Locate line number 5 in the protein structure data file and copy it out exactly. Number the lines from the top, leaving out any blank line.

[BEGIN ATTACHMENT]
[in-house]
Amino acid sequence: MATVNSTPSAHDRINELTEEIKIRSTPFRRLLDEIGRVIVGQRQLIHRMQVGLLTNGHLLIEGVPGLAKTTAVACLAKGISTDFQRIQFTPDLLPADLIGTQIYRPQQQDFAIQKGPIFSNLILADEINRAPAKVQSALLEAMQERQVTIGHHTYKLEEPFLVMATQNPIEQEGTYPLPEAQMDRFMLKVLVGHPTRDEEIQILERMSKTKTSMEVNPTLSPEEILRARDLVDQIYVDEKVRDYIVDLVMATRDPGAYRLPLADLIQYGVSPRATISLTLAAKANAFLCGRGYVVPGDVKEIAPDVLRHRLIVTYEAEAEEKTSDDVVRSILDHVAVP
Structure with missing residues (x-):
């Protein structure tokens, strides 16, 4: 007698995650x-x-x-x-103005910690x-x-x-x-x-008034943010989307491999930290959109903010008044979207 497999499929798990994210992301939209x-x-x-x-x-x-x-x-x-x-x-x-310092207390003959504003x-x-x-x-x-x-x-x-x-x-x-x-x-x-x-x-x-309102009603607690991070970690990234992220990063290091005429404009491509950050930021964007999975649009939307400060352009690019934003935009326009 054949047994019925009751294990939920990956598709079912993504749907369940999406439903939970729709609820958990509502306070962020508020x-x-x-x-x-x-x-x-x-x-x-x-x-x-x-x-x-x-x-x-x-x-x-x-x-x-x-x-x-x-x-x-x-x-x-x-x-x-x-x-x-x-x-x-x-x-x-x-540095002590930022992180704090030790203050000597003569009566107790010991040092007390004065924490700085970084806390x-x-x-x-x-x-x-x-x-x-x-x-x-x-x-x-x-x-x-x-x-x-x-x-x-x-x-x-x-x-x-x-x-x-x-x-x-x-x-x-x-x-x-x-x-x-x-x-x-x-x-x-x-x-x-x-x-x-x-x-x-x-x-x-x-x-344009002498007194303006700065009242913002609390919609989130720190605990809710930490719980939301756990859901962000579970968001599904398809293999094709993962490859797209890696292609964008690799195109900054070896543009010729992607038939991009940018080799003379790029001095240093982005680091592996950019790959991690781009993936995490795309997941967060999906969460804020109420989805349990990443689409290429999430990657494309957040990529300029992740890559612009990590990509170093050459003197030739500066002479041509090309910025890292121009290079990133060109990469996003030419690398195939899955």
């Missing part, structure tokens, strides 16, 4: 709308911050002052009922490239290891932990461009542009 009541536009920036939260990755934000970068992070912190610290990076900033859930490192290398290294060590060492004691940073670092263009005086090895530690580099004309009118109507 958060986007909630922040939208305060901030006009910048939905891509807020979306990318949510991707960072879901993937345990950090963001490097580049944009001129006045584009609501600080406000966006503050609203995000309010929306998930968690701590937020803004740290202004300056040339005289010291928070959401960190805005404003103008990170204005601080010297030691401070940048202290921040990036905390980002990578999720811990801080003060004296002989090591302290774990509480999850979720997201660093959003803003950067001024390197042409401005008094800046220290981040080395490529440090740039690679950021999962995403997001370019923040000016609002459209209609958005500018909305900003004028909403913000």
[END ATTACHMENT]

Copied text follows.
């Missing part, structure tokens, strides 16, 4: 709308911050002052009922490239290891932990461009542009 009541536009920036939260990755934000970068992070912190610290990076900033859930490192290398290294060590060492004691940073670092263009005086090895530690580099004309009118109507 958060986007909630922040939208305060901030006009910048939905891509807020979306990318949510991707960072879901993937345990950090963001490097580049944009001129006045584009609501600080406000966006503050609203995000309010929306998930968690701590937020803004740290202004300056040339005289010291928070959401960190805005404003103008990170204005601080010297030691401070940048202290921040990036905390980002990578999720811990801080003060004296002989090591302290774990509480999850979720997201660093959003803003950067001024390197042409401005008094800046220290981040080395490529440090740039690679950021999962995403997001370019923040000016609002459209209609958005500018909305900003004028909403913000």